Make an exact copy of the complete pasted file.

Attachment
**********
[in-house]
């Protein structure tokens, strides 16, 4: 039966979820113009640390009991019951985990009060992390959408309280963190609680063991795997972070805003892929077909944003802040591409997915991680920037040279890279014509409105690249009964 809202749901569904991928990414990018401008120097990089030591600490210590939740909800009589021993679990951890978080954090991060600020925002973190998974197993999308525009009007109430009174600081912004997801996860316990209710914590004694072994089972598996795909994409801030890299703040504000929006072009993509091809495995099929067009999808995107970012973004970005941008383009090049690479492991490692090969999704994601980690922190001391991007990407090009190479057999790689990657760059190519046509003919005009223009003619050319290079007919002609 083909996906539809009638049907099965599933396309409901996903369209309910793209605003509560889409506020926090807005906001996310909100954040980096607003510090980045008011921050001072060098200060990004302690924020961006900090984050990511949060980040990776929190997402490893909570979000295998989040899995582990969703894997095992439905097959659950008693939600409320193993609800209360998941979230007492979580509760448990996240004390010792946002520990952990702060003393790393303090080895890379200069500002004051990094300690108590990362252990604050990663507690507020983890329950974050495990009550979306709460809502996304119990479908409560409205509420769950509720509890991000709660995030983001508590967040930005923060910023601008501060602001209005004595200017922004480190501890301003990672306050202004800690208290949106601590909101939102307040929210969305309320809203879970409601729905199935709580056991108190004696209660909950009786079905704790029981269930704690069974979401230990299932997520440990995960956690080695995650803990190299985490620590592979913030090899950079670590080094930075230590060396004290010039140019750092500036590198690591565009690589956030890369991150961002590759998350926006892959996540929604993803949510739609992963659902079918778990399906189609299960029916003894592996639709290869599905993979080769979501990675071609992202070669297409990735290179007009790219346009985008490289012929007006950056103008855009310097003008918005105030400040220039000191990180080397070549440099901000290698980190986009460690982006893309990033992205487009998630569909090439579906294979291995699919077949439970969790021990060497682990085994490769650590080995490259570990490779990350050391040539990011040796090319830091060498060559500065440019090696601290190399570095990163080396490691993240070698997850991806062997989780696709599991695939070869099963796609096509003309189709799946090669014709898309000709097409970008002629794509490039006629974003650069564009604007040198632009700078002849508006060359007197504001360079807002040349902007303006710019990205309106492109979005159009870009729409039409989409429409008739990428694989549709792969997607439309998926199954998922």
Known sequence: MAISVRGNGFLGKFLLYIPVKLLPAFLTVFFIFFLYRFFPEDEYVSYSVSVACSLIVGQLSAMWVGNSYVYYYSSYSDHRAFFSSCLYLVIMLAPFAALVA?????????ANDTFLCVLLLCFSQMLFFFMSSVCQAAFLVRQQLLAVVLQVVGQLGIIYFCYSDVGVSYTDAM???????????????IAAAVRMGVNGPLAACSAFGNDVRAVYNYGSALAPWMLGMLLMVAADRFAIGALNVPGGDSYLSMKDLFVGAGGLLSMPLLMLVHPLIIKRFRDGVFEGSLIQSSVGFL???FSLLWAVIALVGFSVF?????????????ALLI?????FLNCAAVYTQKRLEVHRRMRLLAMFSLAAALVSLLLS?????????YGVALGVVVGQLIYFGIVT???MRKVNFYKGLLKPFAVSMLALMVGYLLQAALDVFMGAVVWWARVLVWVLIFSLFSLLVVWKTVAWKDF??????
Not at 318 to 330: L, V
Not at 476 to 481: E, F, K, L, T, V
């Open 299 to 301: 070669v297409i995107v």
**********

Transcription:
[in-house]
């Protein structure tokens, strides 16, 4: 039966979820113009640390009991019951985990009060992390959408309280963190609680063991795997972070805003892929077909944003802040591409997915991680920037040279890279014509409105690249009964 809202749901569904991928990414990018401008120097990089030591600490210590939740909800009589021993679990951890978080954090991060600020925002973190998974197993999308525009009007109430009174600081912004997801996860316990209710914590004694072994089972598996795909994409801030890299703040504000929006072009993509091809495995099929067009999808995107970012973004970005941008383009090049690479492991490692090969999704994601980690922190001391991007990407090009190479057999790689990657760059190519046509003919005009223009003619050319290079007919002609 083909996906539809009638049907099965599933396309409901996903369209309910793209605003509560889409506020926090807005906001996310909100954040980096607003510090980045008011921050001072060098200060990004302690924020961006900090984050990511949060980040990776929190997402490893909570979000295998989040899995582990969703894997095992439905097959659950008693939600409320193993609800209360998941979230007492979580509760448990996240004390010792946002520990952990702060003393790393303090080895890379200069500002004051990094300690108590990362252990604050990663507690507020983890329950974050495990009550979306709460809502996304119990479908409560409205509420769950509720509890991000709660995030983001508590967040930005923060910023601008501060602001209005004595200017922004480190501890301003990672306050202004800690208290949106601590909101939102307040929210969305309320809203879970409601729905199935709580056991108190004696209660909950009786079905704790029981269930704690069974979401230990299932997520440990995960956690080695995650803990190299985490620590592979913030090899950079670590080094930075230590060396004290010039140019750092500036590198690591565009690589956030890369991150961002590759998350926006892959996540929604993803949510739609992963659902079918778990399906189609299960029916003894592996639709290869599905993979080769979501990675071609992202070669297409990735290179007009790219346009985008490289012929007006950056103008855009310097003008918005105030400040220039000191990180080397070549440099901000290698980190986009460690982006893309990033992205487009998630569909090439579906294979291995699919077949439970969790021990060497682990085994490769650590080995490259570990490779990350050391040539990011040796090319830091060498060559500065440019090696601290190399570095990163080396490691993240070698997850991806062997989780696709599991695939070869099963796609096509003309189709799946090669014709898309000709097409970008002629794509490039006629974003650069564009604007040198632009700078002849508006060359007197504001360079807002040349902007303006710019990205309106492109979005159009870009729409039409989409429409008739990428694989549709792969997607439309998926199954998922």
Known sequence: MAISVRGNGFLGKFLLYIPVKLLPAFLTVFFIFFLYRFFPEDEYVSYSVSVACSLIVGQLSAMWVGNSYVYYYSSYSDHRAFFSSCLYLVIMLAPFAALVA?????????ANDTFLCVLLLCFSQMLFFFMSSVCQAAFLVRQQLLAVVLQVVGQLGIIYFCYSDVGVSYTDAM???????????????IAAAVRMGVNGPLAACSAFGNDVRAVYNYGSALAPWMLGMLLMVAADRFAIGALNVPGGDSYLSMKDLFVGAGGLLSMPLLMLVHPLIIKRFRDGVFEGSLIQSSVGFL???FSLLWAVIALVGFSVF?????????????ALLI?????FLNCAAVYTQKRLEVHRRMRLLAMFSLAAALVSLLLS?????????YGVALGVVVGQLIYFGIVT???MRKVNFYKGLLKPFAVSMLALMVGYLLQAALDVFMGAVVWWARVLVWVLIFSLFSLLVVWKTVAWKDF??????
Not at 318 to 330: L, V
Not at 476 to 481: E, F, K, L, T, V
């Open 299 to 301: 070669v297409i995107v």